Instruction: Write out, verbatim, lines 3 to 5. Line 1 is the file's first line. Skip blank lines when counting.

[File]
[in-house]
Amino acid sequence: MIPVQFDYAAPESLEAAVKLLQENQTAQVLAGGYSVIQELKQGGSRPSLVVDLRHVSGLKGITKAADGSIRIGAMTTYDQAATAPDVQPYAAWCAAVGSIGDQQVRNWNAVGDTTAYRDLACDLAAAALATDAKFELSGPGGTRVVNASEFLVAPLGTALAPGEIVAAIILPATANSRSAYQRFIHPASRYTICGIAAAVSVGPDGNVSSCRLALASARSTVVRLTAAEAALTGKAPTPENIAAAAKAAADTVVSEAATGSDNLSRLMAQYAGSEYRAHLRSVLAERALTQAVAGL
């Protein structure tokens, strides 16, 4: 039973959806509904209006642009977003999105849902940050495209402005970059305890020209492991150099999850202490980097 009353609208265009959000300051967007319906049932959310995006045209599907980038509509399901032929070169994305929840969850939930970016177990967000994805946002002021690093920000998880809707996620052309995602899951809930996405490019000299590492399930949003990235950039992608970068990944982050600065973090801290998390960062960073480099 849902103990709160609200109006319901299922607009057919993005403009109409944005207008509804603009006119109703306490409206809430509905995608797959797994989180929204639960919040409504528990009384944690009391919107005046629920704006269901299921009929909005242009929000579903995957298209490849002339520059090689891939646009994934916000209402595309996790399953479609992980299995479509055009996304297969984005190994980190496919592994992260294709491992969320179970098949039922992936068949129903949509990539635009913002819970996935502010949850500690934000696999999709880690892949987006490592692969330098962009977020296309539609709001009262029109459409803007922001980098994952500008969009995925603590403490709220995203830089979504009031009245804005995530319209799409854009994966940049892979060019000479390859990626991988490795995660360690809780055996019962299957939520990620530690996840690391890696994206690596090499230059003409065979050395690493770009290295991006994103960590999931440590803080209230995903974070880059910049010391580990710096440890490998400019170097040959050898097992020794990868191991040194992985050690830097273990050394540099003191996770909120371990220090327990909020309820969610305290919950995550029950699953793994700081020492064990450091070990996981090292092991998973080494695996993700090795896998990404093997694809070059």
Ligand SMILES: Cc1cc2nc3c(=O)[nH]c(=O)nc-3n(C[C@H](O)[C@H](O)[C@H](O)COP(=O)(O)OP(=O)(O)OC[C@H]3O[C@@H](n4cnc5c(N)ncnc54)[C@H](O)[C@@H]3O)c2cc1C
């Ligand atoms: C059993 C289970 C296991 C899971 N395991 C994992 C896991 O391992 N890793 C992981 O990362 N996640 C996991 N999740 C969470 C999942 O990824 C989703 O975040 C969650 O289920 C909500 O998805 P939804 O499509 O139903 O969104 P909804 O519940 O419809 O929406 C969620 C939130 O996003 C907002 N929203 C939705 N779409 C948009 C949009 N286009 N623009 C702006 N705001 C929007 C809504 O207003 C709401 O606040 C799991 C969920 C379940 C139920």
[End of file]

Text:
């Protein structure tokens, strides 16, 4: 039973959806509904209006642009977003999105849902940050495209402005970059305890020209492991150099999850202490980097 009353609208265009959000300051967007319906049932959310995006045209599907980038509509399901032929070169994305929840969850939930970016177990967000994805946002002021690093920000998880809707996620052309995602899951809930996405490019000299590492399930949003990235950039992608970068990944982050600065973090801290998390960062960073480099 849902103990709160609200109006319901299922607009057919993005403009109409944005207008509804603009006119109703306490409206809430509905995608797959797994989180929204639960919040409504528990009384944690009391919107005046629920704006269901299921009929909005242009929000579903995957298209490849002339520059090689891939646009994934916000209402595309996790399953479609992980299995479509055009996304297969984005190994980190496919592994992260294709491992969320179970098949039922992936068949129903949509990539635009913002819970996935502010949850500690934000696999999709880690892949987006490592692969330098962009977020296309539609709001009262029109459409803007922001980098994952500008969009995925603590403490709220995203830089979504009031009245804005995530319209799409854009994966940049892979060019000479390859990626991988490795995660360690809780055996019962299957939520990620530690996840690391890696994206690596090499230059003409065979050395690493770009290295991006994103960590999931440590803080209230995903974070880059910049010391580990710096440890490998400019170097040959050898097992020794990868191991040194992985050690830097273990050394540099003191996770909120371990220090327990909020309820969610305290919950995550029950699953793994700081020492064990450091070990996981090292092991998973080494695996993700090795896998990404093997694809070059």
Ligand SMILES: Cc1cc2nc3c(=O)[nH]c(=O)nc-3n(C[C@H](O)[C@H](O)[C@H](O)COP(=O)(O)OP(=O)(O)OC[C@H]3O[C@@H](n4cnc5c(N)ncnc54)[C@H](O)[C@@H]3O)c2cc1C
């Ligand atoms: C059993 C289970 C296991 C899971 N395991 C994992 C896991 O391992 N890793 C992981 O990362 N996640 C996991 N999740 C969470 C999942 O990824 C989703 O975040 C969650 O289920 C909500 O998805 P939804 O499509 O139903 O969104 P909804 O519940 O419809 O929406 C969620 C939130 O996003 C907002 N929203 C939705 N779409 C948009 C949009 N286009 N623009 C702006 N705001 C929007 C809504 O207003 C709401 O606040 C799991 C969920 C379940 C139920």